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_____________________[PRO] where innovation is alive and kicking


Where innovation is alive and kicking

By Paul Taylor
Financial Times November 19

Is innovation dead in IT? The great and the good of the IT industry gathered in Las Vegas over the weekend for the annual Comdex Fall geek-fest to prove that innovation is not only alive, it’s kicking.

Led by Bill Gates, Microsoft's multi-billionaire chairman and chief software architect, IT industry vendors set out to persuade cautious consumers and business customers battered by the dotcom bust and the weak economy that the sector still knows how to innovate and create new 'gee whiz' products.

While this year's show is dominated by wireless networking, along with the home and office devices designed to take advantage of these wire-free connections, Mr Gates set the pace with a slew of new announcements from Microsoft itself.

He kicked off his speech on Sunday by talking about the current 'digital decade' in which all types of human activities will become digitised, from note taking to bill paying, and computing power will become nearly ubiquitous. "It's not just sitting in front of that desktop PC," he said. "That's very important, but that's just a piece of what we are trying to do. The magic of software is spreading out to all different devices - and those devices are connecting in different ways."

To prove the point the Microsoft chairman showed prototypes of a new technology designed for the home called 'Smart Personal Object Technology' or Spot. In this case the technology was built into a wirelessly connected alarm clock hooked up to a home PC which, in addition to waking its owner, fetched timely and relevant weather and traffic information and calculated the time to its user's first appointment. The same technology could be built into watches and other small personal and home devices.

Microsoft, which has been working on smart objects for three years, aims to have the first crop of devices on the market by the end of next year. The company has been working with chipmaker National Semiconductor to develop low-cost chips that can make the devices affordable. Mr Gates promised more information about Spot will be divulged at the Consumer Electronics Show in January.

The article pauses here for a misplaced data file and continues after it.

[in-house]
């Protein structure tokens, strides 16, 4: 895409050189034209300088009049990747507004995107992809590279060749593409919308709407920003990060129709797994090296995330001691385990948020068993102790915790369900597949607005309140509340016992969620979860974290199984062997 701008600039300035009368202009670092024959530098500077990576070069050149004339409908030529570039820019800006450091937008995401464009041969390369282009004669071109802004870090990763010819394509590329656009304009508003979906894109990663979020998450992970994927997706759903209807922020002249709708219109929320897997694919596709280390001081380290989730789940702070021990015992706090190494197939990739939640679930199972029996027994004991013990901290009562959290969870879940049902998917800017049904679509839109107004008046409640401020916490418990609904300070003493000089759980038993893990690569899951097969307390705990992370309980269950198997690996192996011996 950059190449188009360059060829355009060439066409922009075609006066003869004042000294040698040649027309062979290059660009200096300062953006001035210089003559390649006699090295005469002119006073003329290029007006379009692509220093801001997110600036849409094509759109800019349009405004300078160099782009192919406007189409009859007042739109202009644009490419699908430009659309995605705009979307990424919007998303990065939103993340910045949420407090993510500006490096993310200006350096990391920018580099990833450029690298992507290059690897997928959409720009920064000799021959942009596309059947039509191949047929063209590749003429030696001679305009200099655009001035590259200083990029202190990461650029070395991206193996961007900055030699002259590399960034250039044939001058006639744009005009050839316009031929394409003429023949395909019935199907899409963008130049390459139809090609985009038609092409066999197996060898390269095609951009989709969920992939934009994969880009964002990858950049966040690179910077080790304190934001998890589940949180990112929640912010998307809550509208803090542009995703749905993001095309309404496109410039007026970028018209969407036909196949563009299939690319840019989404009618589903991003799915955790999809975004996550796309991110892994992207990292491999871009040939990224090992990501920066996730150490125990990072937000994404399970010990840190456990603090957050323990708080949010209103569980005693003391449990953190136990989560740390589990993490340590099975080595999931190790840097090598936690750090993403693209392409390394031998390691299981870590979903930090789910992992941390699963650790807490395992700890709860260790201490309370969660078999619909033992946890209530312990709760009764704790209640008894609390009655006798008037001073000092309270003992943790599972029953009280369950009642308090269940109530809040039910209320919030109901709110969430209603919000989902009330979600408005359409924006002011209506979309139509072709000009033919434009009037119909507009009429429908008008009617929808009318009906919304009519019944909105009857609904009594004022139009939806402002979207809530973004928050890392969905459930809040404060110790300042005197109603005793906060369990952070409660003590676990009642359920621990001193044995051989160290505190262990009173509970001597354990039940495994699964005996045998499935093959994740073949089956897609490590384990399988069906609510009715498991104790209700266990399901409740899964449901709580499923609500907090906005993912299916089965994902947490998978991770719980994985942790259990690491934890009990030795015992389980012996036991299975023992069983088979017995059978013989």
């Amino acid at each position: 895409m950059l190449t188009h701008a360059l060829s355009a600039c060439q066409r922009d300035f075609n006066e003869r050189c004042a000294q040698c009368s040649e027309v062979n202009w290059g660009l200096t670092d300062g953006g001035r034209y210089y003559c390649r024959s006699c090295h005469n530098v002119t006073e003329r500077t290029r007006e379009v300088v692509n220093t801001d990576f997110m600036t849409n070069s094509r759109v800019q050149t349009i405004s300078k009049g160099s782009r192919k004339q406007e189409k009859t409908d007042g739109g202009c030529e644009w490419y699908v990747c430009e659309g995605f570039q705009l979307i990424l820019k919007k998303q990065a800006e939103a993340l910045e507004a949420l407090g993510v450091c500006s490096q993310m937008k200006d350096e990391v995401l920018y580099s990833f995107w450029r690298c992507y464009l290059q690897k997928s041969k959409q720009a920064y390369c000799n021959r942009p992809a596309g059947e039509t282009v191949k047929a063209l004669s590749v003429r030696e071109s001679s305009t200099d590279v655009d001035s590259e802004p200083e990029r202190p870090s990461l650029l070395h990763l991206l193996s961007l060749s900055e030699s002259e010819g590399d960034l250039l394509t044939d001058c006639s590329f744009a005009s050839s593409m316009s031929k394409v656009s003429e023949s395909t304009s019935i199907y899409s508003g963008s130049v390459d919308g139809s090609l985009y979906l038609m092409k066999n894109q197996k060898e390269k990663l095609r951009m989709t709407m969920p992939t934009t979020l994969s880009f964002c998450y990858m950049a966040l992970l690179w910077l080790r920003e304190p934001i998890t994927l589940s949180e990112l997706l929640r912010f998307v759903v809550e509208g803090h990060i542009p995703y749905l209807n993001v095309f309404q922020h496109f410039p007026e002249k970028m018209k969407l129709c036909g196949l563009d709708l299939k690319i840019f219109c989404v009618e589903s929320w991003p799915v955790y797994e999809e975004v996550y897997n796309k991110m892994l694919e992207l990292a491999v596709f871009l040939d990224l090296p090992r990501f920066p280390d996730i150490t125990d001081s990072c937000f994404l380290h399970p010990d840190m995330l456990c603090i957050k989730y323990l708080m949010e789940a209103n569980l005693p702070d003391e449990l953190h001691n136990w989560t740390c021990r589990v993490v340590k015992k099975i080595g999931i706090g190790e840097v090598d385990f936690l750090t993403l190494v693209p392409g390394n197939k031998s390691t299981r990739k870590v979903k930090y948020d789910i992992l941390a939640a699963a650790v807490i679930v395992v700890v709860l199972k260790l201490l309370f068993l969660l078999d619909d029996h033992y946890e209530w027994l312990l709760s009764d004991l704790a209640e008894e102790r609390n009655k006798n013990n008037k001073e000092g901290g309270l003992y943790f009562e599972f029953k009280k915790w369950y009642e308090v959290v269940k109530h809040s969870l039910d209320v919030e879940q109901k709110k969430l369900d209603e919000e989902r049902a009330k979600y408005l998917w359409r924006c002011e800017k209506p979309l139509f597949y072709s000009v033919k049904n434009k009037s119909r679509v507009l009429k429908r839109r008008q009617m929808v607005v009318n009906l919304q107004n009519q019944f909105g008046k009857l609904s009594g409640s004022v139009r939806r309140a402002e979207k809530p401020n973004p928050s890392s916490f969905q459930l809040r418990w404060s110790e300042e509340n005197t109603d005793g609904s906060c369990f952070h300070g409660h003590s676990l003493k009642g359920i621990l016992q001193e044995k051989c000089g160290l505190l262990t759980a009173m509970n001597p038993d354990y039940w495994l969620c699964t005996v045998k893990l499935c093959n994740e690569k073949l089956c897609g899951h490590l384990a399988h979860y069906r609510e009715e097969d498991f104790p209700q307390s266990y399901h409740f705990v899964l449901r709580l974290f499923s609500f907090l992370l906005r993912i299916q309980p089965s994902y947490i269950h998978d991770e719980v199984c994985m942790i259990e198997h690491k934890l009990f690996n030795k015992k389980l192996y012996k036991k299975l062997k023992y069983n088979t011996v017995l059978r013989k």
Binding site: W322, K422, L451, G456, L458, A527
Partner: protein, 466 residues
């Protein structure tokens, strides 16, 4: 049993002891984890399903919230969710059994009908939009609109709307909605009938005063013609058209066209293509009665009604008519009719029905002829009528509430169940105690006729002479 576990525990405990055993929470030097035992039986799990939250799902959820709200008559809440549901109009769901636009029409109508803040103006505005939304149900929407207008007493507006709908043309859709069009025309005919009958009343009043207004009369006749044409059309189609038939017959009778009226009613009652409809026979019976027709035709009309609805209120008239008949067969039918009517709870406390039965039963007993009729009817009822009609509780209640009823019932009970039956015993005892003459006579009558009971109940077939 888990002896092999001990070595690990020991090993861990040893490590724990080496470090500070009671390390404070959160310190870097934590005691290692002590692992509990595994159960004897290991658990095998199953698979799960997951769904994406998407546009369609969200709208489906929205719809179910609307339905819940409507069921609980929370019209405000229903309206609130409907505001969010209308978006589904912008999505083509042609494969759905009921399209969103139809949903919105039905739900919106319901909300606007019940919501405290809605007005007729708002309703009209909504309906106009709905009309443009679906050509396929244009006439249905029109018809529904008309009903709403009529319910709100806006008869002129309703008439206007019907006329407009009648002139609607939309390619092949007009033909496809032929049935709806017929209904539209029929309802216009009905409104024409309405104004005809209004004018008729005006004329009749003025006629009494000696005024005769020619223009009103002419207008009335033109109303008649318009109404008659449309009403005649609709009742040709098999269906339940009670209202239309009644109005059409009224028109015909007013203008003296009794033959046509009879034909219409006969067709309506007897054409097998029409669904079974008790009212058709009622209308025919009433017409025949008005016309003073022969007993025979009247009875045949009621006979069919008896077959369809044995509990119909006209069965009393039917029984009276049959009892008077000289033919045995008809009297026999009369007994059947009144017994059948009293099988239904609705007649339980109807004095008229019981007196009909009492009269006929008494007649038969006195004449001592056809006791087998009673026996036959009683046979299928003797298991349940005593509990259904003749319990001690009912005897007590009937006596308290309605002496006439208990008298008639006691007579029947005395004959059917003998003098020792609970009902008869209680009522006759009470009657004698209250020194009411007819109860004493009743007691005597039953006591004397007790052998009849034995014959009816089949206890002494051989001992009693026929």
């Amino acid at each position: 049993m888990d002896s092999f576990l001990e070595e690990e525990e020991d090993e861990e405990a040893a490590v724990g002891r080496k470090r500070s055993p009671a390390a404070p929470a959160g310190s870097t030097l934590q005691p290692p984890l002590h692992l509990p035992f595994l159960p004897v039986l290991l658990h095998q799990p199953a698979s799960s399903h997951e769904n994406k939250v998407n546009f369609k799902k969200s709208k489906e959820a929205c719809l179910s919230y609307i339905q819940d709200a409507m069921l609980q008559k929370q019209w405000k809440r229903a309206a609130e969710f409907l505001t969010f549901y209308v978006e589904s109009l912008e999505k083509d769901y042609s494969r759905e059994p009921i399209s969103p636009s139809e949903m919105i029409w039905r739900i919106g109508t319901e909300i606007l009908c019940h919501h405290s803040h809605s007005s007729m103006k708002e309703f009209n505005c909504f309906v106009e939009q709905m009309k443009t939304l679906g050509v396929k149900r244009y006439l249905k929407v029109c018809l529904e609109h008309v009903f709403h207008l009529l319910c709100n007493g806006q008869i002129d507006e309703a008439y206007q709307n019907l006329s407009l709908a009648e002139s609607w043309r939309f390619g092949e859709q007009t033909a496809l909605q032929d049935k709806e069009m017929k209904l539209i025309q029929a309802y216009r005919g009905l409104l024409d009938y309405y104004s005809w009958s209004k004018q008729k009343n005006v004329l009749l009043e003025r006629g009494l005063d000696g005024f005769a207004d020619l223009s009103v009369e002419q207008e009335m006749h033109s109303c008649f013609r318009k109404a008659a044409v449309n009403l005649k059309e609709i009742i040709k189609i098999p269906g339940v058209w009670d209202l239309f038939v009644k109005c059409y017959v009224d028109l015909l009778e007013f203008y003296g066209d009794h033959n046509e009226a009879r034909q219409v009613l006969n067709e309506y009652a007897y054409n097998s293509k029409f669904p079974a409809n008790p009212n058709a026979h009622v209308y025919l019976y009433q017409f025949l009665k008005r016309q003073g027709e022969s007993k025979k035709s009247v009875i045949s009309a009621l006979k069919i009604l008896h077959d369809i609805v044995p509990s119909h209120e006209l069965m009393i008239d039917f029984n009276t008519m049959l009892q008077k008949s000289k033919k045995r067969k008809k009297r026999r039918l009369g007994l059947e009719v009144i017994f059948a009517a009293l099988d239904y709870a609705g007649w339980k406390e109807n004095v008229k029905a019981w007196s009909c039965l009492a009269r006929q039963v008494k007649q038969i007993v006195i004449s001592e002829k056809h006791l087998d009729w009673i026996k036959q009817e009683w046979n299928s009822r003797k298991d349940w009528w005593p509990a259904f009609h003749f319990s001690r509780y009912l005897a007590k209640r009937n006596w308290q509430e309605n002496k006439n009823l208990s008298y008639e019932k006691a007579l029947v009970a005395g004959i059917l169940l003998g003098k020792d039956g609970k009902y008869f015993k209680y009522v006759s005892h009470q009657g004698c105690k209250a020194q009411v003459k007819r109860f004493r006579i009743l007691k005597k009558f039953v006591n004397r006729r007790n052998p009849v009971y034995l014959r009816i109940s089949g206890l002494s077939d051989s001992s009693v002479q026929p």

He also announced a new program, called OneNote that will be built into Microsoft's Office software suite and which is designed to enable users to better organise meeting notes, capture graphics and preserve URLs from the web as well as find information easily from a hard drive. He predicted that the combination of OneNote and hardware devices like the Tablet PCs launched 10 days ago would transform the way people work in the office and use technology at home.

Among the new hardware devices unveiled at Comdex this year are the first smart displays – tablet-style LCD screens wirelessly linked to a home PC that enable users to walk around the home or sit on a sofa watching television while accessing information on their home PC or the Web. ViewSonic, the Taiwanese display specialist, is showing two smart display models - boasting 15- and 17-inch screens - at Comdex this year. They will both go on sale in Asia, Europe and the US in early January.

Meanwhile NEC, the Japanese hardware vendor, is showing off its super-thin and light Tablet PC that will be available early next year. Six other Tablet PC vendors, Toshiba, Fujitsu, Hewlett-Packard, Acer, ViewSonic and Motion, have already begun shipping their machines. During the show Gateway Computer is expected to announce that it has formed a partnership with Motion to ship Motion's 'slate-style' tablet PC.